In breach-of-contract situations, proof of the course of dealing is admissible to interpret ambiguities in the contract, but not to alter or contradict the contract’s provisions. A term that seemed unambiguous at the time the contract was signed, could later prove to be problematic.
- Establishes reasonableness of a transaction
In Southern Cotton Oil Co. v. Merchants National Bank, the issue was whether a bank’s course of dealing with its customer could determine whether the bank gave notice of dishonour within a “reasonable” period. Despite delaying notice of dishonour for 52 days, the court found that Merchants operated in a “reasonable” period based on its previous course of dealings with Southern as delays ranging from 9 to 45 days had occurred in the previous transactions, and the same were accepted by Southern.
Generic interpretation clause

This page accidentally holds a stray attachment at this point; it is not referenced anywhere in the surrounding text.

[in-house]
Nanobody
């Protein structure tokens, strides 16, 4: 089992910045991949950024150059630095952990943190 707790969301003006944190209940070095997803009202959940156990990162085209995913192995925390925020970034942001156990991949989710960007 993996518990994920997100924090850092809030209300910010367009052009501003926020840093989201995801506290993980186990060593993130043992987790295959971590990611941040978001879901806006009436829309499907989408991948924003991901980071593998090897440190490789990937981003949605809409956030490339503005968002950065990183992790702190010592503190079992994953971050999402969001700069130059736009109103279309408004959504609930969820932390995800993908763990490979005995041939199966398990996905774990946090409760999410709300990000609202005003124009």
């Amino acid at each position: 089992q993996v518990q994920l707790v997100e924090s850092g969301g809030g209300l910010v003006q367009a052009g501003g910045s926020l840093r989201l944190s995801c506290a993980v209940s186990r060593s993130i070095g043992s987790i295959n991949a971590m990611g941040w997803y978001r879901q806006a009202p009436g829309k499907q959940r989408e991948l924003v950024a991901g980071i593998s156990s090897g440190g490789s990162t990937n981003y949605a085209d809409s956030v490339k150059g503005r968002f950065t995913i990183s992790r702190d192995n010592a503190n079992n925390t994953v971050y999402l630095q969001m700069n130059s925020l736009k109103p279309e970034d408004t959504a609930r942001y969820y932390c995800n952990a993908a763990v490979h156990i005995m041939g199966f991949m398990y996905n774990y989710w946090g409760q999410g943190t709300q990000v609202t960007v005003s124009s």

A general interpretation clause is found in almost all kinds of commercial contracts to look for significant concepts in the contract. The object of this clause is to provide clarity of understanding when reviewing the contract, to prevent a court from interpreting the contract in a way that is inconsistent with the intention of the parties, and to avoid repeating information when drafting a contract, making it easier to read.
Unless otherwise stated, the following rules of interpretation refer to this agreement:
- Headings are for reference only and have no bearing on the meaning of this agreement;
- Singular forms of words include plural forms, and vice versa;
- Gender-neutral or gender-specific terminology used include each gender;
- A person includes a natural person, a joint venture, a government agency, a partnership, a company, an organization, a trust, or any other legal entity;
- The terms “such as,” “including,” “particularly,” and similar terms are not to be construed as words of limitation;
- A reference to: